Va. sex offenders drawn into fight over rights restoration

WASHINGTON — More than 100 convicted sex offenders have been drawn into the dispute over Virginia Gov. Terry McAuliffe’s order that restored the voting rights of thousands of ex-felons.

The names of the 132 sex offenders, who have completed their prison sentences but remain under civil confinement because they were deemed a danger to the community appeared, on the list of 206,000 offenders whose voting rights were restored in April. But state officials have abruptly removed their names from the list.

“These are individuals, and they are not alone, there are some others, who were listed erroneously. But they never met the criteria so their rights were never restored,” said governor’s spokesman Brian Coy.

The sex offenders are confined at a state treatment facility in Nottoway County, southwest of Richmond. The county’s prosecutor charges that the governor’s executive order was rushed through and threatens public safety, because, she believes the sex offenders, having completed their sentences, would be eligible for voting rights under the governor’s order.

Commonwealth’s Attorney Terry Royall points out that the violent sex offenders confined at the Virginia Center for Behavioral Rehabilitation would be eligible for jury duty and to seek public office if their civil rights were restored.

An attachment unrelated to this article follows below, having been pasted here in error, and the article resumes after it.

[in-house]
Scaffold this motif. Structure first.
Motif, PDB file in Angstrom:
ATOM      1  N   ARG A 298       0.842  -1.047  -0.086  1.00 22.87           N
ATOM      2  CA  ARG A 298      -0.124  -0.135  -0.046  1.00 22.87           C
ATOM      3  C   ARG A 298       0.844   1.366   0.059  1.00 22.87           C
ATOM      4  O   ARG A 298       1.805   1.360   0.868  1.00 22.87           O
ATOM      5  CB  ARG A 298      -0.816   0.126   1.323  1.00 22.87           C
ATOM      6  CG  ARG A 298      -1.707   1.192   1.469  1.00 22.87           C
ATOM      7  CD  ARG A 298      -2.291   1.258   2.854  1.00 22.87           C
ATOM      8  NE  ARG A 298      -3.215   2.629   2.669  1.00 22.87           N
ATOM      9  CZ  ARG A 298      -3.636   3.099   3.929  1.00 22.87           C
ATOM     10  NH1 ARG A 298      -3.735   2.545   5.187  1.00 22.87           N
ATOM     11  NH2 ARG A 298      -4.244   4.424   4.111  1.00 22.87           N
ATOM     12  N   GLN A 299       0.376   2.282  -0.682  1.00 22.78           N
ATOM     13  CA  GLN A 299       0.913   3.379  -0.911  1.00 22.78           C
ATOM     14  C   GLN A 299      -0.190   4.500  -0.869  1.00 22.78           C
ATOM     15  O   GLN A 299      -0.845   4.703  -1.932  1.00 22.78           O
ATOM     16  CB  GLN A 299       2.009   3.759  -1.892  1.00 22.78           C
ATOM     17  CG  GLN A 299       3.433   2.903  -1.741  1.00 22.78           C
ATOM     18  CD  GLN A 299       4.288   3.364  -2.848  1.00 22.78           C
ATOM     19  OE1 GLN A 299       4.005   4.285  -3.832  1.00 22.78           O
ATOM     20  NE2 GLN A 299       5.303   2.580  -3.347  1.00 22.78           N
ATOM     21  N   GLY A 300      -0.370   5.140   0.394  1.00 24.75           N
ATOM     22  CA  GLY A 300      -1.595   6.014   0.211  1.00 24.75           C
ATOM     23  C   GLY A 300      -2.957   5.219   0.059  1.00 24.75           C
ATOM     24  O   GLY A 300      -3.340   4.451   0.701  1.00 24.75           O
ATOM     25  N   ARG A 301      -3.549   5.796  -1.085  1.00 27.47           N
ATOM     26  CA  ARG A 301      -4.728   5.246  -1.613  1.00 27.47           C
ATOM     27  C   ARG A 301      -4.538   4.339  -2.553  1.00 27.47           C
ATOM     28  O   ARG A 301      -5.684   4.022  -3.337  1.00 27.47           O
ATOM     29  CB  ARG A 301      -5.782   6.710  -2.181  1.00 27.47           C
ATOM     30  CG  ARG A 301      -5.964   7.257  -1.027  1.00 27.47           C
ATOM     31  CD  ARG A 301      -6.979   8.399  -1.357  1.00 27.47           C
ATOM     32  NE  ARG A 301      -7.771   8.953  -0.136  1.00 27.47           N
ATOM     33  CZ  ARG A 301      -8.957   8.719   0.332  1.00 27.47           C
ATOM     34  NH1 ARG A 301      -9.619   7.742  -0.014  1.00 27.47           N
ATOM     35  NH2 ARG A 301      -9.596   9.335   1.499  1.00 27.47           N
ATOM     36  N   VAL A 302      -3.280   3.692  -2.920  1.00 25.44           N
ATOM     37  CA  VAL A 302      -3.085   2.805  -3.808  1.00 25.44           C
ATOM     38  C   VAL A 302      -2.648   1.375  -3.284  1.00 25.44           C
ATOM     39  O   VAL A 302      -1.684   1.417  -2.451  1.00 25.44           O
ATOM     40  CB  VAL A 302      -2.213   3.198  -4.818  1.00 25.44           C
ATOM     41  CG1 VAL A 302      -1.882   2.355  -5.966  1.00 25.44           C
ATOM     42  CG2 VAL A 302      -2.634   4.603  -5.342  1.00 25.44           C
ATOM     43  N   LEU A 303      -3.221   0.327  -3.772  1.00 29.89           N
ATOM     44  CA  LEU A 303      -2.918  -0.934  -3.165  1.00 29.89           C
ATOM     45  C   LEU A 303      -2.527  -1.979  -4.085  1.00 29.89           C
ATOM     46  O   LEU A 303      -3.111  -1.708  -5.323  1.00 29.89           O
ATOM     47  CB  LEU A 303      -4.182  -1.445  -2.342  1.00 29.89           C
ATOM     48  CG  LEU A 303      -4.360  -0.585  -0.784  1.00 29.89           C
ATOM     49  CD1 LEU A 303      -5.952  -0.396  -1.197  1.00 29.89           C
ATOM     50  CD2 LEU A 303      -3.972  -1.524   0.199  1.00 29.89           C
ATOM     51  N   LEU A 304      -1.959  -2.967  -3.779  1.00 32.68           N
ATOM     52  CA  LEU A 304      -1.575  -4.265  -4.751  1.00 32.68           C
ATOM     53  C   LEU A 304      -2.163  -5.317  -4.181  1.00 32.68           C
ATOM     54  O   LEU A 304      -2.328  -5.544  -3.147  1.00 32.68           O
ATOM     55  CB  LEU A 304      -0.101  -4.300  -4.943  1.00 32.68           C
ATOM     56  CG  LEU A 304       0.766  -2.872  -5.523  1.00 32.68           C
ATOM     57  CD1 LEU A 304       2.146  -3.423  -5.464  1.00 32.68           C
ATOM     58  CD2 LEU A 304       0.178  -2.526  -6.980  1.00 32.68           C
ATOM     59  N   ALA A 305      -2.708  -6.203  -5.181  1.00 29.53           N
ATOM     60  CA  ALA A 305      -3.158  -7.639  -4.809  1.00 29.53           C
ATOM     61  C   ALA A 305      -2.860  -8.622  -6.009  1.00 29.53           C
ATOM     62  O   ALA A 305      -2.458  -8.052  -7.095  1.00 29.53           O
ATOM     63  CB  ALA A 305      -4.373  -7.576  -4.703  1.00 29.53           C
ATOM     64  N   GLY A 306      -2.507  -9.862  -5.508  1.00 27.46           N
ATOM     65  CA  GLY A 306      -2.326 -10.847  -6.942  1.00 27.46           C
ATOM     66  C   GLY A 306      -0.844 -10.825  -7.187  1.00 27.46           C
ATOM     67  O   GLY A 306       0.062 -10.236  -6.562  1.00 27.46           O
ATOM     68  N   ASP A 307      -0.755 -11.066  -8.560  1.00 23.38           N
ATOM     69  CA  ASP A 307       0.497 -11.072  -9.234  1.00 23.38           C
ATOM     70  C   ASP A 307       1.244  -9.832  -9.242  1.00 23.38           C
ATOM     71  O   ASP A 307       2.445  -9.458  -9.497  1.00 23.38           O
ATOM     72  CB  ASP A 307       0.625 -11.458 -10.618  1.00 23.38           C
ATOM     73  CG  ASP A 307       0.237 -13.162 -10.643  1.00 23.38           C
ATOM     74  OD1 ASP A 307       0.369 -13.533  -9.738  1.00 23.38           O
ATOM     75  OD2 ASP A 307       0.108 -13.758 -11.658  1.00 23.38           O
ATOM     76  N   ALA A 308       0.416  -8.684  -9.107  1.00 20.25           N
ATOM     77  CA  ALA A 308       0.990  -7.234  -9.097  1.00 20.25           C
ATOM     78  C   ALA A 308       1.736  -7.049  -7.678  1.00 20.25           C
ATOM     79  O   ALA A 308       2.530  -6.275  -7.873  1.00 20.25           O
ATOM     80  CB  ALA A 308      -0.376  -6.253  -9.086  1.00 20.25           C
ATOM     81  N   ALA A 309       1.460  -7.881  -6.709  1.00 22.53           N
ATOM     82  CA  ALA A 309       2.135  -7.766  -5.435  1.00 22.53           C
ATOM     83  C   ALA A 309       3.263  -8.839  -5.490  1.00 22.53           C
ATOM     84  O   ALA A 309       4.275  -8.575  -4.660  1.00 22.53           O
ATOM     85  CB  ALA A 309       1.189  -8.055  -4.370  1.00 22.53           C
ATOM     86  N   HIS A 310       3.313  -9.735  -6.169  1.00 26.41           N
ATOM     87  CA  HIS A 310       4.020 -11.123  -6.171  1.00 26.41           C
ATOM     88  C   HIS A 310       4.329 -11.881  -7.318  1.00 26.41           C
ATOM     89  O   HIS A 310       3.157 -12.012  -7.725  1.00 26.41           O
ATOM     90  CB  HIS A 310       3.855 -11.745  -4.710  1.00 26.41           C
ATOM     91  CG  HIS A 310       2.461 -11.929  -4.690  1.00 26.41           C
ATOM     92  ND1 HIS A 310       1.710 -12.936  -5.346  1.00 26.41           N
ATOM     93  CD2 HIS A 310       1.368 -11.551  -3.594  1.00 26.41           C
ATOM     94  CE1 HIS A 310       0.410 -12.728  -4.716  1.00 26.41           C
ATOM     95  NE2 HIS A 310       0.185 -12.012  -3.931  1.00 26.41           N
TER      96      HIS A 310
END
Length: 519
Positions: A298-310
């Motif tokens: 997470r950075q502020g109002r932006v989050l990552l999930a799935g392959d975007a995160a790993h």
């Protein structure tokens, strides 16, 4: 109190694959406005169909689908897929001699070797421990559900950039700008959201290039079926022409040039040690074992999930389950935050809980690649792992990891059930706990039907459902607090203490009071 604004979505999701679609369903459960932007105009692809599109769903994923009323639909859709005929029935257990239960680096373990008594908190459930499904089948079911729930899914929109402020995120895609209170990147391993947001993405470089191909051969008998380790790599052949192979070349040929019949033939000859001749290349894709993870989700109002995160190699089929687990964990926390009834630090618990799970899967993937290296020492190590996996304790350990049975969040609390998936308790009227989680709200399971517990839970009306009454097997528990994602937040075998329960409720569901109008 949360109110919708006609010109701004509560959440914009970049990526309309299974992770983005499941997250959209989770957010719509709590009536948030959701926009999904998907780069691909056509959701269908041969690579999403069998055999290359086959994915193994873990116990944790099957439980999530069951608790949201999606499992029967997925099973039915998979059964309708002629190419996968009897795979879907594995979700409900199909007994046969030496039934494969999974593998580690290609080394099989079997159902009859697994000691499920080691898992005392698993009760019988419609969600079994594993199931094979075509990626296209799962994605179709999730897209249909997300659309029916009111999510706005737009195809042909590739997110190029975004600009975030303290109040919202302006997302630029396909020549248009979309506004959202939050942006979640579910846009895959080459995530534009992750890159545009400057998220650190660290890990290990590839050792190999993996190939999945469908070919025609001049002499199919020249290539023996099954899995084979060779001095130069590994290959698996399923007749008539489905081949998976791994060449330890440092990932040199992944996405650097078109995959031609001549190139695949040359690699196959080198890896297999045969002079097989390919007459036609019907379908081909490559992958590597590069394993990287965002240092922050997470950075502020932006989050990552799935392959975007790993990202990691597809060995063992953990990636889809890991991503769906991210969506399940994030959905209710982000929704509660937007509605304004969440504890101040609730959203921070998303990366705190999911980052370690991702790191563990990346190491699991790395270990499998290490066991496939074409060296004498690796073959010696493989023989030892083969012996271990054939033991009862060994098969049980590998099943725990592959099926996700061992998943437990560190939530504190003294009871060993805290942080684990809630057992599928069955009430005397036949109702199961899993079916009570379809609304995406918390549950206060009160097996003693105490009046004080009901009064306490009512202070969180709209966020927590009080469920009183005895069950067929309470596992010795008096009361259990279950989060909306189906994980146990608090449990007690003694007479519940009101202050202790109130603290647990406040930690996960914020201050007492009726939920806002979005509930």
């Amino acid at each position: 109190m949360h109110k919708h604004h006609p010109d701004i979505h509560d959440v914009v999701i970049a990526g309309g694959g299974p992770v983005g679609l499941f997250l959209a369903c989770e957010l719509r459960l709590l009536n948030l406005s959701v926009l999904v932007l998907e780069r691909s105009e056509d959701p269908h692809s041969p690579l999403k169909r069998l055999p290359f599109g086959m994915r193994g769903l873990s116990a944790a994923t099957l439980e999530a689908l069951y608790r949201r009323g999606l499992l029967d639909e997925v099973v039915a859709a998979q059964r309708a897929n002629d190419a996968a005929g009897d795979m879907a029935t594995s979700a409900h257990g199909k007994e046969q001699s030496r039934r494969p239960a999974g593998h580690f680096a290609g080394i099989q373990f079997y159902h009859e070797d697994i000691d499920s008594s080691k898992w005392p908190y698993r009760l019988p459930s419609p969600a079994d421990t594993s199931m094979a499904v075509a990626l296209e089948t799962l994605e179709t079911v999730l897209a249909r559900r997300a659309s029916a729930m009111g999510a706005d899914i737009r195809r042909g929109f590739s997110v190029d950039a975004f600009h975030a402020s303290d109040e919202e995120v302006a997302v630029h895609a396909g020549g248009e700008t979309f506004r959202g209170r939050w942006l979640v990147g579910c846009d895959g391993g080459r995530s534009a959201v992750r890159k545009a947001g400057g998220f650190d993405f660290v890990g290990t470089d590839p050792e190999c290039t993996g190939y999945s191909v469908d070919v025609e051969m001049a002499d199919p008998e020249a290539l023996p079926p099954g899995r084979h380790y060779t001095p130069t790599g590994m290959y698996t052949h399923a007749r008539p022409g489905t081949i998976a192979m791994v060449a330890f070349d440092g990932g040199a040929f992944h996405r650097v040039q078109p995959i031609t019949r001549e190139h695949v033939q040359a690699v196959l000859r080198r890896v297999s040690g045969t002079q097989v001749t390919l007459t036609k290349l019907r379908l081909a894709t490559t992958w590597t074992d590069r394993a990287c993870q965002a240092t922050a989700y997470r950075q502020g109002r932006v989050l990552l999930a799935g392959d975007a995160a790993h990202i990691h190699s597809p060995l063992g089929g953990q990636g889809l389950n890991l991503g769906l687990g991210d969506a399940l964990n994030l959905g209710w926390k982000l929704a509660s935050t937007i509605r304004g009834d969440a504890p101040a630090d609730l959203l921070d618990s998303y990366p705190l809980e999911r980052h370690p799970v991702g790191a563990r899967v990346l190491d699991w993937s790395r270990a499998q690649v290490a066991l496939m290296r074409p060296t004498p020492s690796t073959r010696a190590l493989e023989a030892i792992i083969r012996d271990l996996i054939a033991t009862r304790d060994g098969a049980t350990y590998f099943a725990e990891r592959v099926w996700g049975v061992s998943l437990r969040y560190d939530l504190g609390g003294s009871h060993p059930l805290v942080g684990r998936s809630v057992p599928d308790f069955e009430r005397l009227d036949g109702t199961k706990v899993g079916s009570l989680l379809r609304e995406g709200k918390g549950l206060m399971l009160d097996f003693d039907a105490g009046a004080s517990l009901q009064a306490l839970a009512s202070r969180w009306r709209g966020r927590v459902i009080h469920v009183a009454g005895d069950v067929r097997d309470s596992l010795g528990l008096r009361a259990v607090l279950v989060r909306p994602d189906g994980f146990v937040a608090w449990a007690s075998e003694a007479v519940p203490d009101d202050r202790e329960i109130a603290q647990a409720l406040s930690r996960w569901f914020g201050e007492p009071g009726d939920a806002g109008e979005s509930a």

“I would expect, very quickly, for some savvy attorney or some savvy resident of the VCBR to file a lawsuit about this very issue because in my reading of the order they do meet the criteria and most attorneys I talk to agree with that,” said Nottoway County Commonwealth’s Attorney Terry Royall.

On Friday, 43 commonwealth’s attorneys filed a friend of the court brief against the governor’s order. They argued that the restoration of voting rights should be addressed on a case-by-case basis, not through a blanket restoration.

The governor’s office says the list of ex-felons who become eligible for voting rights is open to revision and names can be added or dropped from the list.

“We’re going to have some administrative challenges and as we’re being made aware of them, we’re solving them,” Coy said.

The governor’s office admitted earlier this month that the list contained some names in error.

Some prosecutors say the list of eligible voters even includes some felons who are still incarcerated.

“It was done very, very hurriedly without proper attention to detail, without thinking through the possible ramifications of people who would end up falling in these cracks as we’ve seen,” Royall said.

McAuliffe restored voting and other civil rights to ex-felons who had completed their terms of incarceration or supervised release, including probation and parole.

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